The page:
How much money is the City of New York loosing per day on this hotel scam? $24,181.91 per day. That’s $169,273.37 per week. $677,093.48 per month. In total, New York City loses $8,826,397.21 in tax revenue per year because of the hotel resort fee scam.
How is the City losing more than 8 million dollars a year in tax revenue because of the hotel resort fee scam? Hotels want to be able to lie about their advertised room rate to lure in customers. When a few bad hotels start this atrocious practice, others quickly join so that their room rates are close to their competition. With 42 hotels in New York City now engaged in this questionable practice, there are massive consequences to tourism and taxes in New York.
Tourists are confused and offended by hotel pricing and are turning instead to home shares like Airbnbs. Many local governments have taken up regulating Airbnb as they should. Yet to regulate Airbnbs and not address hotel resort fee scams that drive tourists to home shares is hypocritical. Hotel resort fees directly contribute to the problem of proliferating home share popularity. Resort fees also allow hotels to cheat the city of essential tax revenue that could be used on affordable housing initiatives. Any city considering regulating home shares like Airbnb needs to address the hotel resort fee issue in the same bill. To ensure fair is fair, and that the city gets the units and taxes deserved for affordable housing, both home shares and hotels should be taxed, advertised and regulated similarly.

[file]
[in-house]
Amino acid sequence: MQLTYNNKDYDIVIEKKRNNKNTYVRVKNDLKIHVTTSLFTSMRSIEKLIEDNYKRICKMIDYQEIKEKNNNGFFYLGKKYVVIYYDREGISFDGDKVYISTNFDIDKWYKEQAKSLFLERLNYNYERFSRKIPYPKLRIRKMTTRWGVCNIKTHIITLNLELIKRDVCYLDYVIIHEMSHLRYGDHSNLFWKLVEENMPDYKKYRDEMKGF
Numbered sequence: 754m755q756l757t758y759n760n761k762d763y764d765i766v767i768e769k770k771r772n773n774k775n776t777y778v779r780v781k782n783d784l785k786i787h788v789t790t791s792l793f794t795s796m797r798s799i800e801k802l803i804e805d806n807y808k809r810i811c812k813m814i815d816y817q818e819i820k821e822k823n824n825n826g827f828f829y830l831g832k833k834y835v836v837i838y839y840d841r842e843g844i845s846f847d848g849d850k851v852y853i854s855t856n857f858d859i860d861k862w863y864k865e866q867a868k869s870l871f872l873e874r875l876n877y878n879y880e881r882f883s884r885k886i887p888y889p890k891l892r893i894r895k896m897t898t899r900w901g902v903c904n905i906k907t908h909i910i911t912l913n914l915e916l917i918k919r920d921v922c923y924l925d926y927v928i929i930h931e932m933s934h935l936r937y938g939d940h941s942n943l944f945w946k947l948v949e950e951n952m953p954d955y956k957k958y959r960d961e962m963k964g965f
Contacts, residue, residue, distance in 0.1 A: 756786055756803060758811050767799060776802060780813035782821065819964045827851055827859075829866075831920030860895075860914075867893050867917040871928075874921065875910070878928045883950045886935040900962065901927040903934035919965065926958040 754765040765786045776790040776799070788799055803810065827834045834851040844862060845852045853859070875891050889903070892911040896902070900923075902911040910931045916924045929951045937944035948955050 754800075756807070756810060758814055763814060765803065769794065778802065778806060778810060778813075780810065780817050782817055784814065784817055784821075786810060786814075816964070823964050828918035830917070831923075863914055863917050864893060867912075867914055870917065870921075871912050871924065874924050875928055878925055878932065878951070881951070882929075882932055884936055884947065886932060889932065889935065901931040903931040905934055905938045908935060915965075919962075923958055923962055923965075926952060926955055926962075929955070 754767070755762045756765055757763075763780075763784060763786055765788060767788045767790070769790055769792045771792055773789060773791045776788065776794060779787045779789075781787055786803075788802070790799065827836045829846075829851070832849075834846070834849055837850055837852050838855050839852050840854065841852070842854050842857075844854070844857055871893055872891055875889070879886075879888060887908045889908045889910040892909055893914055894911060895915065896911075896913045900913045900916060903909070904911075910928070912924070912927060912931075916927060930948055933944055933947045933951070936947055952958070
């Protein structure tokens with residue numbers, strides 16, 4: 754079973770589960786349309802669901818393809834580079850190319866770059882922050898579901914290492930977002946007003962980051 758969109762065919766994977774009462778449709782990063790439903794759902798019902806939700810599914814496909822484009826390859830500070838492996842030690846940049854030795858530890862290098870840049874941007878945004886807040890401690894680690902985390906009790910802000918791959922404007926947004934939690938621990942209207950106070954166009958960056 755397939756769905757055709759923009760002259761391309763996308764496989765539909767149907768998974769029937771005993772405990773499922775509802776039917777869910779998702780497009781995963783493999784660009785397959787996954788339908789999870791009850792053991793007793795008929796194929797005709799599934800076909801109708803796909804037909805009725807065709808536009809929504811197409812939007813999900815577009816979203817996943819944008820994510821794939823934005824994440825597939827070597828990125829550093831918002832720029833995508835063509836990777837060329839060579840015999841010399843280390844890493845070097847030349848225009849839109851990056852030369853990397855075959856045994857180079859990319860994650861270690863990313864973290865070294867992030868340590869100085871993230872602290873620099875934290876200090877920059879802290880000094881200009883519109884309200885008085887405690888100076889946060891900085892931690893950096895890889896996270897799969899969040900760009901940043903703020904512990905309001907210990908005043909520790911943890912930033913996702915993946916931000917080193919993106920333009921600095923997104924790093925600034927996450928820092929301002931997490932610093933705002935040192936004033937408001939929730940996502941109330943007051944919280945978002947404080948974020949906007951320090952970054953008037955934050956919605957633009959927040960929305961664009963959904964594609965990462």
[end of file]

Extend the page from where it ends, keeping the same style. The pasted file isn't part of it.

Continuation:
Hotel resort fees federally fall under the purview of the Federal Trade Commission (FTC). Seeing as President Trump earns $66,168 per day on hotel resort fees from three of his hotel properties, it is highly unlikely there will be any federal action on this issue. In good news, 46 state attorney generals have joined together to investigate hotel resort fees. This is multi-state litigation that could take years. In the meantime, cities like New York are losing tax revenue every single day. Local governments need to take action now to end this scam and make sure they are getting all the tax revenue they deserve to support essential city programs.